1. Added Beef for the Toronto Maple Leafs
Watching his new team stumble to last place with a poor finish in team goals allowed per 60 minutes (3.49), penalty kill percentage (74.7) and the Northeast Division, Brian Burke came to the simple conclusion that he was heading a team that lacked the necessary toughness to do any better. At various points in his first partial season in charge of the Blue and White, Burke has made his feelings known to the press, with statements such as the following, “We require, as a team, proper levels of pugnacity, testosterone, truculence and belligerence. That's how our teams play.” Once the free agent frenzy had begun and Burke was able to count Colton Orr, Mike Komisarek and Francois Beauchemin as his primary purchases, he unleashed the following nugget, “You don't want your heavyweight to be a defenceman, the ice time is too valuable. That's why we got Colton Orr. But you need some bite back there. You need some knuckles on the blue line, too, some five-minute majors. I think with the changes we've made, there's some bite there, there's some size there."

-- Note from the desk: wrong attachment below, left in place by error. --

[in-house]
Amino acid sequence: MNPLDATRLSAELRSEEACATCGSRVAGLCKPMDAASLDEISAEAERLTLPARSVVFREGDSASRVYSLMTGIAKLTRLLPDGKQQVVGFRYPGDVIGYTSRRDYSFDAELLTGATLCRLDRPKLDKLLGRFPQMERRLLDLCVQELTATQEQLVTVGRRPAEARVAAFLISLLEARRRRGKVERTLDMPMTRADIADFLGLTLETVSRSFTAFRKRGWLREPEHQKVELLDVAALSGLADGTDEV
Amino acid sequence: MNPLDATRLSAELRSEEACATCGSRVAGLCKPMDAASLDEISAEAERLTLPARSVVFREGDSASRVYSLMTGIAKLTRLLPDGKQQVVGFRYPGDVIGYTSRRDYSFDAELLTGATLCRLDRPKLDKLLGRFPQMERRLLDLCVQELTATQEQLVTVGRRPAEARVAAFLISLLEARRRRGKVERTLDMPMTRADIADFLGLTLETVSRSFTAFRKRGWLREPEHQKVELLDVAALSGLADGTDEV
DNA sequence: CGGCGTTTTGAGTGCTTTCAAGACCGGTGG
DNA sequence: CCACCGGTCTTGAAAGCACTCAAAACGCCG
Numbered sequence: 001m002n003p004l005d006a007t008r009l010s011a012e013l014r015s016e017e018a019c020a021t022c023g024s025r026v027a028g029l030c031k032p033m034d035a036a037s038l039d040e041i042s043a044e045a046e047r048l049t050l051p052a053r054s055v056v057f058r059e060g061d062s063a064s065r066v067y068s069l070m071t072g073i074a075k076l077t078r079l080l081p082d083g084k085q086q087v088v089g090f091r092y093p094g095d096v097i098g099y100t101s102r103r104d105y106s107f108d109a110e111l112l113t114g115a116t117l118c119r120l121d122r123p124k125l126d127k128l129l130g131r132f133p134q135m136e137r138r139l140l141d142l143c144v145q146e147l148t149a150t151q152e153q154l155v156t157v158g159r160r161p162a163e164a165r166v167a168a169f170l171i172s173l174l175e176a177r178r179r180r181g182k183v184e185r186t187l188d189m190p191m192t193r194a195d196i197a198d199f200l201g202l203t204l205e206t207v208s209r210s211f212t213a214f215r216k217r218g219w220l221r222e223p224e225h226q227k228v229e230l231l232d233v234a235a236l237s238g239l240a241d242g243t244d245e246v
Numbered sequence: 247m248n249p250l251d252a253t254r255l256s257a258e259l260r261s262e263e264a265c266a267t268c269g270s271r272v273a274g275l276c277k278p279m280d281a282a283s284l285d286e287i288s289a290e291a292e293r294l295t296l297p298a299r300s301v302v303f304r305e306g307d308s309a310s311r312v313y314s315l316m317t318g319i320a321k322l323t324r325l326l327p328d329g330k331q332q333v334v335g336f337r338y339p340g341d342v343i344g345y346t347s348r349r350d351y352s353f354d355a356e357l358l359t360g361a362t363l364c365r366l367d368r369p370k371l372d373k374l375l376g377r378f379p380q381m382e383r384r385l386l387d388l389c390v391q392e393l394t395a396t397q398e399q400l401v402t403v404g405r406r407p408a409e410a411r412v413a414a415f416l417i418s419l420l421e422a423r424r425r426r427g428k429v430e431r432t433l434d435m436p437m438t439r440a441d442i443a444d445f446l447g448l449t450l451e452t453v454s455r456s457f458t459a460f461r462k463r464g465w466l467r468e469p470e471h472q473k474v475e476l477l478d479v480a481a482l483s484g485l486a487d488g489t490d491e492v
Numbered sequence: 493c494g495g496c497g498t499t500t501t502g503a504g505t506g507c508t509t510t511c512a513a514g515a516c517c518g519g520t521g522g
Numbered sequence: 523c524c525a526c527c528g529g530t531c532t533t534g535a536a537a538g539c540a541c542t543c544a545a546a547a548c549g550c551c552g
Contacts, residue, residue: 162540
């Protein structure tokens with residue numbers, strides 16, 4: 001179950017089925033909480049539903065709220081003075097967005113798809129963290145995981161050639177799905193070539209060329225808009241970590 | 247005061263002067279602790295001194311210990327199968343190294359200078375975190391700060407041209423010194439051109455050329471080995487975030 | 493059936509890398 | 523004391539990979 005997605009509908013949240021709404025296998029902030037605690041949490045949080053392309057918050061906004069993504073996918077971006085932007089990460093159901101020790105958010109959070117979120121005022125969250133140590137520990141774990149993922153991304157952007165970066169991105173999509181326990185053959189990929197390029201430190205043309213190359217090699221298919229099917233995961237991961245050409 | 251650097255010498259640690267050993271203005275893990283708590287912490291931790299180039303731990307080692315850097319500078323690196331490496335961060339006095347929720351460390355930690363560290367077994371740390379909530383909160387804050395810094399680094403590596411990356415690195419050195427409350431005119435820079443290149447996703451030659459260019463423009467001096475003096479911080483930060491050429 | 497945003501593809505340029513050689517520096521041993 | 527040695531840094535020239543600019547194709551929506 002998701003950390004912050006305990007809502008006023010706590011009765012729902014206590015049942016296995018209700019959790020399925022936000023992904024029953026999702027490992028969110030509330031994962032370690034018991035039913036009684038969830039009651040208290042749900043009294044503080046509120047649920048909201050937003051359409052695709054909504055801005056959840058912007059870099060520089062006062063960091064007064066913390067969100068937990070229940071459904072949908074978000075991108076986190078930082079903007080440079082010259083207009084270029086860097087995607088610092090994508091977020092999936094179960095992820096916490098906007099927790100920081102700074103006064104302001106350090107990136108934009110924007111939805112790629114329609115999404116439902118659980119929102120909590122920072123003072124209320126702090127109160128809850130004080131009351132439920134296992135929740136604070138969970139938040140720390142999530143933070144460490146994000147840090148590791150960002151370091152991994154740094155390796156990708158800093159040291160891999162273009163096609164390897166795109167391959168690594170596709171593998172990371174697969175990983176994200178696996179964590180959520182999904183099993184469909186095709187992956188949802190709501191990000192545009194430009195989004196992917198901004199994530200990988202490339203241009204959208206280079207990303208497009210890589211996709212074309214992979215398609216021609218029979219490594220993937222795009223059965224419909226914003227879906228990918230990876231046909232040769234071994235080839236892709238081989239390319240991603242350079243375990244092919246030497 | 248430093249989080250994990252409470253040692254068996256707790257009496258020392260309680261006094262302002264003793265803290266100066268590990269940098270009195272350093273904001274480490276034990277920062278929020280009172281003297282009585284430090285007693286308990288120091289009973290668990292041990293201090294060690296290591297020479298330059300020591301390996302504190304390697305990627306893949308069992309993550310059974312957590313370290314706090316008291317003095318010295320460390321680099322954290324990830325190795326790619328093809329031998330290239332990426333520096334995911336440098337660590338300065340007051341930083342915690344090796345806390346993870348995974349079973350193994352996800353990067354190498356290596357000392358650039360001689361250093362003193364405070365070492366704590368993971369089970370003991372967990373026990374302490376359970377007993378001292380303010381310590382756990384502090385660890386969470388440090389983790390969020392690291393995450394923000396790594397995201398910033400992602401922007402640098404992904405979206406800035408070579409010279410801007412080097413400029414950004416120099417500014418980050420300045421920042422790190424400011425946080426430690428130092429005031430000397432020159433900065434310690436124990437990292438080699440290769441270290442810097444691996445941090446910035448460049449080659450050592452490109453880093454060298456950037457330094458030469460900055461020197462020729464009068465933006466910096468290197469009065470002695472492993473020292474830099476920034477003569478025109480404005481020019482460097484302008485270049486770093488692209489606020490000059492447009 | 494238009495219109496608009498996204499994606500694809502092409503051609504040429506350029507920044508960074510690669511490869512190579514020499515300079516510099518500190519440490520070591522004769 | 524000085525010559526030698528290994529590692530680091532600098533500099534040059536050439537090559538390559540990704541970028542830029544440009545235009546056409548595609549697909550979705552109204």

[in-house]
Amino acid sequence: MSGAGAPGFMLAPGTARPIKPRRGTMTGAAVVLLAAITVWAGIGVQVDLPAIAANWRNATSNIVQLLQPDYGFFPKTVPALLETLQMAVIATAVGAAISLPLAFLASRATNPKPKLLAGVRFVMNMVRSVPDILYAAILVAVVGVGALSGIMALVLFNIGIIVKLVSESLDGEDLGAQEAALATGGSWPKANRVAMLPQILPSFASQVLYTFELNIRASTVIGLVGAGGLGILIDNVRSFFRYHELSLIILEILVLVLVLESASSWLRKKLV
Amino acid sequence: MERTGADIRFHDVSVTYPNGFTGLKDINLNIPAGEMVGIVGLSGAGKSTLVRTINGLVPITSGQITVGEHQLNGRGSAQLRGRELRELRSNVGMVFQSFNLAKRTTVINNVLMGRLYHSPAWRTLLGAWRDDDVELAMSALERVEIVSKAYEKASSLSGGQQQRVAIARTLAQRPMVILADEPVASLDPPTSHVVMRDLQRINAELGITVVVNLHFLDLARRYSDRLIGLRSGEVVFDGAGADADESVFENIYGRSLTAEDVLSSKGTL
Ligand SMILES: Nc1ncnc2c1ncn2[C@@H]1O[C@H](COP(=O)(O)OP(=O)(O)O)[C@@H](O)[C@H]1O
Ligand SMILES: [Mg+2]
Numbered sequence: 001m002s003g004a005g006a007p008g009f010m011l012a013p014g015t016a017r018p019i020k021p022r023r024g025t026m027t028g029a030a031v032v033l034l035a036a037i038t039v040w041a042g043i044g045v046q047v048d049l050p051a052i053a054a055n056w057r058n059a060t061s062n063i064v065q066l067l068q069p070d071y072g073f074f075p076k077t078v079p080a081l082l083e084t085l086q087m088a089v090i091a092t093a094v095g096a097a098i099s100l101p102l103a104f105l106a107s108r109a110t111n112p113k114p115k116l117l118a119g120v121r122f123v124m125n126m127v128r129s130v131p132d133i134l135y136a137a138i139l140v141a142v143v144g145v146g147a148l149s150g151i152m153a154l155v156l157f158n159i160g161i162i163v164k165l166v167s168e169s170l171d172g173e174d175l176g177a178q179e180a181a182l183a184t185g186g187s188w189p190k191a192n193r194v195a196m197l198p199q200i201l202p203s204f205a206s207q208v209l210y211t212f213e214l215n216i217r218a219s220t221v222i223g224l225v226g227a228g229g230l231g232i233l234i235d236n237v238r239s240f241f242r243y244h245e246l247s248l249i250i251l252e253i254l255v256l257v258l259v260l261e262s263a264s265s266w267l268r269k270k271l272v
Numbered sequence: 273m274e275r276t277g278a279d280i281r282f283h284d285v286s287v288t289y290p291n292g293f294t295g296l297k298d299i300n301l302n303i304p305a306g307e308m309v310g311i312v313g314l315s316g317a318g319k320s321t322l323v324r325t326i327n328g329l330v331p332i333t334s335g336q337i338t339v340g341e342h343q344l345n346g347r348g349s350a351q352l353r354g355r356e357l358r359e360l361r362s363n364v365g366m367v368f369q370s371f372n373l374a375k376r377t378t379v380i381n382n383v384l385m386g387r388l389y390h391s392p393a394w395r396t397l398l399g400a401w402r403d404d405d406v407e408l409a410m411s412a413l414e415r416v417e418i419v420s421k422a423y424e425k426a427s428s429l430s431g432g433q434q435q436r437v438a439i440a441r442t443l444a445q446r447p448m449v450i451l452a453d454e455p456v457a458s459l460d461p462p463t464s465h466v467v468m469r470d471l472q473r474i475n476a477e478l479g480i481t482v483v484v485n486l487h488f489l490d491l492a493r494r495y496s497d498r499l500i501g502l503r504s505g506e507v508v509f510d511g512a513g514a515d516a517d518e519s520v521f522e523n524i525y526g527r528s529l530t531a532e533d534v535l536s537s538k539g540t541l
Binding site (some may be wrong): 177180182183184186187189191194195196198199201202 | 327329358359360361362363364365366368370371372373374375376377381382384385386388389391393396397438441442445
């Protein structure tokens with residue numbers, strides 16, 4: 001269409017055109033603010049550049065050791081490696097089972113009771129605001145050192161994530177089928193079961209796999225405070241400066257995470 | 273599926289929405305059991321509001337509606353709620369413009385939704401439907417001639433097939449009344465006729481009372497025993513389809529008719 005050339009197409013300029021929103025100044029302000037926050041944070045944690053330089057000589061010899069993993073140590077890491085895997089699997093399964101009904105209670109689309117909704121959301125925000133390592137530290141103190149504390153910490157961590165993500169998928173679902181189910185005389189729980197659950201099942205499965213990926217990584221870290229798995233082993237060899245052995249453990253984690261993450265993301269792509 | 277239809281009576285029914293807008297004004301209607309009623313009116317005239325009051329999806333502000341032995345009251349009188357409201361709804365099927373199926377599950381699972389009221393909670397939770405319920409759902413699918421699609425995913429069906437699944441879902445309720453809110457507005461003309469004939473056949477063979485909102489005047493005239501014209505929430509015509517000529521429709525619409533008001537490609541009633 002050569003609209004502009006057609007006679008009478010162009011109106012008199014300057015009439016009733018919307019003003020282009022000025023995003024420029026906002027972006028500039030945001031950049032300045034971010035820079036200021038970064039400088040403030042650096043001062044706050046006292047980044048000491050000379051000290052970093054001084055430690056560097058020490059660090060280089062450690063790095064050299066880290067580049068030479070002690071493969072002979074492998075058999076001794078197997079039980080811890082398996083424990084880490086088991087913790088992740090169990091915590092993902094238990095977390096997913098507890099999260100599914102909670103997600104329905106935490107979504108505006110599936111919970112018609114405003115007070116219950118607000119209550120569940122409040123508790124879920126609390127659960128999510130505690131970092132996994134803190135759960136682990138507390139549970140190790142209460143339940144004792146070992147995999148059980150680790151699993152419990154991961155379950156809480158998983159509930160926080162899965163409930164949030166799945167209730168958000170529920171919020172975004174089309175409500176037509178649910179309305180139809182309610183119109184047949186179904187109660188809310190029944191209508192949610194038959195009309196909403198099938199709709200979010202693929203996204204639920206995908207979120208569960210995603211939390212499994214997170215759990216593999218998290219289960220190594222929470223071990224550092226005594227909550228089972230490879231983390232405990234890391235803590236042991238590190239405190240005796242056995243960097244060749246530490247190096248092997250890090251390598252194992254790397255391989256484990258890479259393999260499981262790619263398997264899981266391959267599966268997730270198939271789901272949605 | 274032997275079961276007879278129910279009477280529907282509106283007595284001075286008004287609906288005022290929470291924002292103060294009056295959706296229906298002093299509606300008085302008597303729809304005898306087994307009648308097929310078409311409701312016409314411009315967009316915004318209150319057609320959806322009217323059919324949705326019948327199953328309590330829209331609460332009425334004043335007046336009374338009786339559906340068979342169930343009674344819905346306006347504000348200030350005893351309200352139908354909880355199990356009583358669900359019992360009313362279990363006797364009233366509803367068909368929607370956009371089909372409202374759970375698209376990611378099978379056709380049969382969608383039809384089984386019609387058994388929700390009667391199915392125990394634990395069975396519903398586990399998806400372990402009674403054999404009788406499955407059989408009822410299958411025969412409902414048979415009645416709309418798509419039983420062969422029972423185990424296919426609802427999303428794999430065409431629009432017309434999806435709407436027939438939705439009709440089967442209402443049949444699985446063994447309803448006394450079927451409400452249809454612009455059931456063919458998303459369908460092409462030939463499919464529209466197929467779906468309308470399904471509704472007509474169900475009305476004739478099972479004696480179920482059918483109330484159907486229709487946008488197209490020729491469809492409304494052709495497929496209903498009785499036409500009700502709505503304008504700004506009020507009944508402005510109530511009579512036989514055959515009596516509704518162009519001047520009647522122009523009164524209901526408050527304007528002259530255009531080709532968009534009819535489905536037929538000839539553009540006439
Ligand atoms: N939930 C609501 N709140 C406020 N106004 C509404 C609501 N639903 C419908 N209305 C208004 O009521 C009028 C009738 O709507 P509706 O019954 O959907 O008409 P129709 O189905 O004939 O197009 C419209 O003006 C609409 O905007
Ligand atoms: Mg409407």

Perhaps Burke is on to something. The 2008-09 Leafs were not tough by any means. Not a single Leaf cracked the 100 PIM mark and only Mikhail Grabovski (mostly from two games against his former teammates on the Canadiens – 48 of his 92 minutes) and the since departed Pavel Kubina surpassed 90 PIM. Historically, the Leafs have featured a number of tough customers, with the all-time PIM leader (Tiger Williams) and the 3rd place holder (Tie Domi) both playing in Toronto for significant stretches of their careers. Supporters of the knuckle game may point to the passification of Tie Domi as the point of no return for the Leafs as a winning team. In 2003-04, with Tie Domi spending 208 minutes in the box, the Leafs advanced to the second round of the playoffs before falling to Donald Brashear’s Flyers. The following season, Domi was but half the player he was beforehand, compiling a mere 109 PIM (less than Bryan McCabe!) and the Leafs missed the playoffs. Since that season, the Maple Leafs have not had a single player surpass those McCabe’s 116 lonely minutes in a season and have not made it into the postseason